Monday, December 17, 2007

Harper's Foreign Investment Review Policy Targets China

Here is our regular monthy column that we do for the LaPresse newspaper in Montreal. It was publised last week.

The Broken Equilibrium of the Canadian Economy
Satya Das et Ken Chapman

Surging oil prices and the rising Canadian dollar will profoundly alter Canada’s equilibrium. The short-term volatility in commodity and currency markets this week is a blip on the way to $100-oil. Rising oil prices drive the dollar’s strength, as does Canada’s fiscal stability and its falling national debt.

The Canadian economic balance – relatively cheap energy prices, a weak dollar, a flourishing manufacturing industry – has been under threat throughout the early years of the new century. Now, it is definitively broken. The contrast is ever clearer between the energy-fuelled boom of Alberta and British Columbia, and the manufacturing economies of Central Canada reeling with higher input costs and reduced export revenues from the United States.

The Bank of Canada faces the difficult – if not impossible – demands of reconciling these two economies under a single fiscal policy that works to the benefit of each. Politicians aren’t likely to be satisfied with the Bank’s logical response – to concentrate on its core mission of controlling inflation, thereby preserving the intrinsic value of the currency.

The realistic answer of what to do about expensive oil and the high dollar is: get used to it. While this may be no comfort to a manufacturing sector in turmoil, the only viable strategy is to adapt to this new reality, no matter how painful this may be in the short-term. Canada, with the world’s second largest oil reserves, is the only stable democracy with a secure and abundant hydrocarbon supply. Despite the high costs of energy production in Alberta – and a recent announcement of higher royalties beginning in 2009 – the “democracy premium” is seen as well worth the price to a world thirsty for more and more oil and natural gas.

This trend is unlikely to change soon, according to the International Energy Agency, despite a growing and justified public unease about climate change and the sustainability of the hydrocarbon economy. In fact, preliminary findings from research being conducted by our firm show Albertans deeply committed to protecting habitat and capturing carbon emissions as the oil sands are developed to feed the world’s energy hunger.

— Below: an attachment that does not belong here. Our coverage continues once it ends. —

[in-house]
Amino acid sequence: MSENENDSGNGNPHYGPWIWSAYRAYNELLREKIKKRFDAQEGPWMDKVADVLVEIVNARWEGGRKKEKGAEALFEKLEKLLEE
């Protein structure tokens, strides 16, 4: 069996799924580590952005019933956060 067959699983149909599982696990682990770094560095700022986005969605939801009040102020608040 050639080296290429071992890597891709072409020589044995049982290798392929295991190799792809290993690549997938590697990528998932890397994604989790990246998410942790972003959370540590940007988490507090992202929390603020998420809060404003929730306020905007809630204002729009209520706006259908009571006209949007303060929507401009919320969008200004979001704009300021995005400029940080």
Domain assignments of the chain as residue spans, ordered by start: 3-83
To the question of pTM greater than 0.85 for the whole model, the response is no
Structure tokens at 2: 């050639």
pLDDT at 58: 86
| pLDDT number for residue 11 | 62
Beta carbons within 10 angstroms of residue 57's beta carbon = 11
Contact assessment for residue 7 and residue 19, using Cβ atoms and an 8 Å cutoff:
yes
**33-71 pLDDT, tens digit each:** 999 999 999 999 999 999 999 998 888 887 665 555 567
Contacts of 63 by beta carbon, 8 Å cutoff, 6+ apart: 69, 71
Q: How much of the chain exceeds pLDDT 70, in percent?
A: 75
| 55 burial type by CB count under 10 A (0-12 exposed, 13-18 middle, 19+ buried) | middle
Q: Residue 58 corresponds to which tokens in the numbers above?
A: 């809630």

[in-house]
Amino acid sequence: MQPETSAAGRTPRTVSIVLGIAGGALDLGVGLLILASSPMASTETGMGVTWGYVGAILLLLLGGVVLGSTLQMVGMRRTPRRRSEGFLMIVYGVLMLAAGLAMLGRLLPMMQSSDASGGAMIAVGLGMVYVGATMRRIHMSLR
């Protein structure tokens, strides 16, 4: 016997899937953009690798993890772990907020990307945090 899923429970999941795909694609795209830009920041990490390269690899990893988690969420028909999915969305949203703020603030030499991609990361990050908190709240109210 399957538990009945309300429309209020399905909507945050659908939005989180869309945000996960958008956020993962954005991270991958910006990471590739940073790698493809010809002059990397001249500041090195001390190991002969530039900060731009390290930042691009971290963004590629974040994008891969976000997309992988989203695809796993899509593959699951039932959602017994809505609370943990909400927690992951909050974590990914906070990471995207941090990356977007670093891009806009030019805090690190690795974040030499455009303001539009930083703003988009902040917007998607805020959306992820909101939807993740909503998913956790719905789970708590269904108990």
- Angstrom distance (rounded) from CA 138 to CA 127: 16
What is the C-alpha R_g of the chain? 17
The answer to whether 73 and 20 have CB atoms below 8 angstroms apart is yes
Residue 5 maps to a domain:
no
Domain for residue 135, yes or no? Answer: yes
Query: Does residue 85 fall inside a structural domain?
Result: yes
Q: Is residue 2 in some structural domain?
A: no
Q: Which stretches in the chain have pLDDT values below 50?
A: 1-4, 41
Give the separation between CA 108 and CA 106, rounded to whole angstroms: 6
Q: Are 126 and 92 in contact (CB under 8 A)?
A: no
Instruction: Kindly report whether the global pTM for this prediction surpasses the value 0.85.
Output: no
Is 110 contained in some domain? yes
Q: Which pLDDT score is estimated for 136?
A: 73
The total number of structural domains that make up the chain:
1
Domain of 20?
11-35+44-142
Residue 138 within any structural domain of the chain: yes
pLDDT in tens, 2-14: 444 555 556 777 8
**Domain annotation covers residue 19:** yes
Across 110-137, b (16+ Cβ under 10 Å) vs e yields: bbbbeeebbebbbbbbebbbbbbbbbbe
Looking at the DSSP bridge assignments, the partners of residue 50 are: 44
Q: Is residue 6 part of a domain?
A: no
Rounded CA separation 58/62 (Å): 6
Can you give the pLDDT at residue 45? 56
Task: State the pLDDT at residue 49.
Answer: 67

Yet rising oil prices are not necessarily a disaster for Quebec and our other Canadian partners. More than half of the government revenue from oil sands development goes to the federal government. In 2006, the federal share amounted to $12 billion. This goes a long way in equalization payments, and amounts to more than a third of Ottawa’s transfer payments for health and social services.

Moreover, compared with Alberta, Quebec enjoys significant economic diversity. Quebec is home to Canada’s largest money pool, the $240 billion Caisse de dépôt et placement du Québec, and the tens of thousands of families it benefits. (By contrast, Alberta’s Heritage Savings Trust Fund, set up by Peter Lougheed to house petrodollar revenue, only has about $15 billion saved because government kept on diverting the interest income for general expenses). Despite recent revelations regarding its investments and fiscal performance in La Presse, the very existence of the Caisse and its clout in international markets is an asset that is the envy of other provinces.

Aerospace, the financial services sector, biotechnology, health and of course tourism are major contributors to the Quebec economy. More than 100,000 highly skilled Quebecers work in the IT industry alone. The concentration of skilled workers is surely a result of widely available and reasonably priced higher education – Quebec tuition fees are typically less than half of what college costs in Anglophone and Allophone Canada. Indeed, one can assert that Quebec is strongly placed to compete globally in the knowledge economy, precisely because it doesn’t have the “easy” money of Alberta’s petrodollars.

The challenge for Canada is to wisely invest the economic benefits of the energy boom – remember the federal share is greater than Alberta’s – in building an even stronger knowledge economy. And to apply that knowledge to “greening” our collective future by making environmental sustainability and stewardship the essential precondition of developing our energy resources.